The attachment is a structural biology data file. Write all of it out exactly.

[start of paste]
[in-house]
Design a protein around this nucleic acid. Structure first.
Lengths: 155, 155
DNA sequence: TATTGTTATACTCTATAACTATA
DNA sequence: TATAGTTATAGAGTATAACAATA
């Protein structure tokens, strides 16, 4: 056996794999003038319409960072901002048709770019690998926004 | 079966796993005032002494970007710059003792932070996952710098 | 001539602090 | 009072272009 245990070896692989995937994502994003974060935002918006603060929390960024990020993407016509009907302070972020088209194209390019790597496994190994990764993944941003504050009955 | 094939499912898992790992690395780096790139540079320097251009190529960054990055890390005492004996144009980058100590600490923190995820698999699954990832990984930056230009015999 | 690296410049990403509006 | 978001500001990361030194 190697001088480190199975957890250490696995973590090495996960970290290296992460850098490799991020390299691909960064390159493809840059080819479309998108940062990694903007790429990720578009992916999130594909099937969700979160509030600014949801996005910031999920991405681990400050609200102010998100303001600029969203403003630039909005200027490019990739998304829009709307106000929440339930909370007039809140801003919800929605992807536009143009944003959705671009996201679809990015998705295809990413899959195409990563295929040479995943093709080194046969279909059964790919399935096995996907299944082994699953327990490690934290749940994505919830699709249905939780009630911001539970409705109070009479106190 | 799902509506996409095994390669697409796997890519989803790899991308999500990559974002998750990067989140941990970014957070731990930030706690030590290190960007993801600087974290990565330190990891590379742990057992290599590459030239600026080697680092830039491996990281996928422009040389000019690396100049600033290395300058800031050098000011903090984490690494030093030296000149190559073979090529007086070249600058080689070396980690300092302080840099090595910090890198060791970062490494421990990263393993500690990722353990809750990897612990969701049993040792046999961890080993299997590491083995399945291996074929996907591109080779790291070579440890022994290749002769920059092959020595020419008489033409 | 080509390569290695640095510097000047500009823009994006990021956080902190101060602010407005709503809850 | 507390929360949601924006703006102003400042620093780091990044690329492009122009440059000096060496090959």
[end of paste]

[in-house]
Design a protein around this nucleic acid. Structure first.
Lengths: 155, 155
DNA sequence: TATTGTTATACTCTATAACTATA
DNA sequence: TATAGTTATAGAGTATAACAATA
């Protein structure tokens, strides 16, 4: 056996794999003038319409960072901002048709770019690998926004 | 079966796993005032002494970007710059003792932070996952710098 | 001539602090 | 009072272009 245990070896692989995937994502994003974060935002918006603060929390960024990020993407016509009907302070972020088209194209390019790597496994190994990764993944941003504050009955 | 094939499912898992790992690395780096790139540079320097251009190529960054990055890390005492004996144009980058100590600490923190995820698999699954990832990984930056230009015999 | 690296410049990403509006 | 978001500001990361030194 190697001088480190199975957890250490696995973590090495996960970290290296992460850098490799991020390299691909960064390159493809840059080819479309998108940062990694903007790429990720578009992916999130594909099937969700979160509030600014949801996005910031999920991405681990400050609200102010998100303001600029969203403003630039909005200027490019990739998304829009709307106000929440339930909370007039809140801003919800929605992807536009143009944003959705671009996201679809990015998705295809990413899959195409990563295929040479995943093709080194046969279909059964790919399935096995996907299944082994699953327990490690934290749940994505919830699709249905939780009630911001539970409705109070009479106190 | 799902509506996409095994390669697409796997890519989803790899991308999500990559974002998750990067989140941990970014957070731990930030706690030590290190960007993801600087974290990565330190990891590379742990057992290599590459030239600026080697680092830039491996990281996928422009040389000019690396100049600033290395300058800031050098000011903090984490690494030093030296000149190559073979090529007086070249600058080689070396980690300092302080840099090595910090890198060791970062490494421990990263393993500690990722353990809750990897612990969701049993040792046999961890080993299997590491083995399945291996074929996907591109080779790291070579440890022994290749002769920059092959020595020419008489033409 | 080509390569290695640095510097000047500009823009994006990021956080902190101060602010407005709503809850 | 507390929360949601924006703006102003400042620093780091990044690329492009122009440059000096060496090959």